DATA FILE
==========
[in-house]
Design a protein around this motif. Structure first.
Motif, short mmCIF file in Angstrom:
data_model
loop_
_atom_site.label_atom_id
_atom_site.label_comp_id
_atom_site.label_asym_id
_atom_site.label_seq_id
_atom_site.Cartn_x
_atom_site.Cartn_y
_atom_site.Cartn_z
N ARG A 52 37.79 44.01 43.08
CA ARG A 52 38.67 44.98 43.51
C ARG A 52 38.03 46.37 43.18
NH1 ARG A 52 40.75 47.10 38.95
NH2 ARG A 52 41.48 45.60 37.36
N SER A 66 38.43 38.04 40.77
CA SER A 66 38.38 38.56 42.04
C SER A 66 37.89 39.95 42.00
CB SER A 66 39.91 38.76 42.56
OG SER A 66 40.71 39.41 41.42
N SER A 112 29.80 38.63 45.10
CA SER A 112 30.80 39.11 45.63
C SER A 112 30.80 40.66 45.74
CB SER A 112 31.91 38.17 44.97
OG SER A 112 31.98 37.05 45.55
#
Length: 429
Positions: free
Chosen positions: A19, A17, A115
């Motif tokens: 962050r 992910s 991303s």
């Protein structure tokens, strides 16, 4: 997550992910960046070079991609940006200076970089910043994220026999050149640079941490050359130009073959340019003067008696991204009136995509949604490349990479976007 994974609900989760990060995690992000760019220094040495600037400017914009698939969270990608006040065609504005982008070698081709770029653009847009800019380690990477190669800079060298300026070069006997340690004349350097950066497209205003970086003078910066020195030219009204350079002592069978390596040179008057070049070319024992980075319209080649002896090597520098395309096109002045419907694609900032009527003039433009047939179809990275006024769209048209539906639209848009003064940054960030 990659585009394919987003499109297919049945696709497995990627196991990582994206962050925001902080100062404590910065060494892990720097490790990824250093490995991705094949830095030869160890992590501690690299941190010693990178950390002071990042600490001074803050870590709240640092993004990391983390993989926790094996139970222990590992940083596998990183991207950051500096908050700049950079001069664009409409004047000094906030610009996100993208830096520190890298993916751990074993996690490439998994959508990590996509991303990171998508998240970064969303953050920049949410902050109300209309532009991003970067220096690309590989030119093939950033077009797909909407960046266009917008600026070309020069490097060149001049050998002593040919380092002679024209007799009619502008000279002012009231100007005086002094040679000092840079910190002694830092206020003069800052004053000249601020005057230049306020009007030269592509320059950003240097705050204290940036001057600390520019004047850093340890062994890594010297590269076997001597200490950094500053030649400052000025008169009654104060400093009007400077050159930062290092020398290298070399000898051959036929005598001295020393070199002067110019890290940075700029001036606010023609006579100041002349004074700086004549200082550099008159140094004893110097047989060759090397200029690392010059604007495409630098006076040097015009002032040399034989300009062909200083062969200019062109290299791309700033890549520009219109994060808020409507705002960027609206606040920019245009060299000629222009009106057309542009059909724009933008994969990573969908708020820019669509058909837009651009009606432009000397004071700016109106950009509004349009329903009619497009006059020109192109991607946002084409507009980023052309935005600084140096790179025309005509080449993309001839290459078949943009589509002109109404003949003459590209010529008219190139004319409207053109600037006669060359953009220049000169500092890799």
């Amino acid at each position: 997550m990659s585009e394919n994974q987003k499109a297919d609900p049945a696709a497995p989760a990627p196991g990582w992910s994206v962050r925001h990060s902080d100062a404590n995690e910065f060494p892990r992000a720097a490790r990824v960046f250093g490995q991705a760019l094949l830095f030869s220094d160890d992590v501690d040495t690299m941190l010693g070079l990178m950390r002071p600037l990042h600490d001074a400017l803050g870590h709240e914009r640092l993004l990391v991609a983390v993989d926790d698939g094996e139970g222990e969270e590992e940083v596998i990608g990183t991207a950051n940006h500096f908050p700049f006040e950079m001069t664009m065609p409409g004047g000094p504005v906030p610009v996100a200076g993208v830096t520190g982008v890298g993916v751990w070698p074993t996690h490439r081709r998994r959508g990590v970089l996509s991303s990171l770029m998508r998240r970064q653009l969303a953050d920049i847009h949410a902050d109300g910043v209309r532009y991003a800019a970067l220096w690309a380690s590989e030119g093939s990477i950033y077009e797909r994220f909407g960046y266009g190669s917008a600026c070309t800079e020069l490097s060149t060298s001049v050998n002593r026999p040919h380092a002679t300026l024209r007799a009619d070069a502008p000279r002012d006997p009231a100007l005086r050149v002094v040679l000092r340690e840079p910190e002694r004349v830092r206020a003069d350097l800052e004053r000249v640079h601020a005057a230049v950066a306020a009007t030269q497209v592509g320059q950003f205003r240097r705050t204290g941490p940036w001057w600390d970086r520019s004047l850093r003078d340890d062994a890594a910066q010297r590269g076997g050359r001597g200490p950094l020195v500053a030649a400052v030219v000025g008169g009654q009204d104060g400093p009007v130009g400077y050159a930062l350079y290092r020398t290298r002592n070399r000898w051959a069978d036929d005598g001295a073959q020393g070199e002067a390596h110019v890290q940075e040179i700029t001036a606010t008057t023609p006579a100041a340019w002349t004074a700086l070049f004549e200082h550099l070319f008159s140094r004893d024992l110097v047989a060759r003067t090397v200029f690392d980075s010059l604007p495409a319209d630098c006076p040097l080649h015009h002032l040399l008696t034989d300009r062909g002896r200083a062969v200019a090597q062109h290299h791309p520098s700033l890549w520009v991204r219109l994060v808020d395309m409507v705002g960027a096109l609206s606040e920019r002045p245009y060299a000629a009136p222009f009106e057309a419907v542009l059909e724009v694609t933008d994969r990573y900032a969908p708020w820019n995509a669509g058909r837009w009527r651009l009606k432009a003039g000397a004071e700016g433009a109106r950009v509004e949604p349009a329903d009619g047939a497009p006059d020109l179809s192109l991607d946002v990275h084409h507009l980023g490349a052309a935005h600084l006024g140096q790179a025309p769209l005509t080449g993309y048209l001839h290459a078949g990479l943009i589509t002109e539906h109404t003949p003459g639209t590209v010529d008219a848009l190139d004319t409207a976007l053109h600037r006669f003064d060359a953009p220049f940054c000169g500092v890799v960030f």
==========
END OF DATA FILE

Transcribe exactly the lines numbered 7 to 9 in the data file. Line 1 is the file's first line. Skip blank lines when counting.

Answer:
_atom_site.label_comp_id
_atom_site.label_asym_id
_atom_site.label_seq_id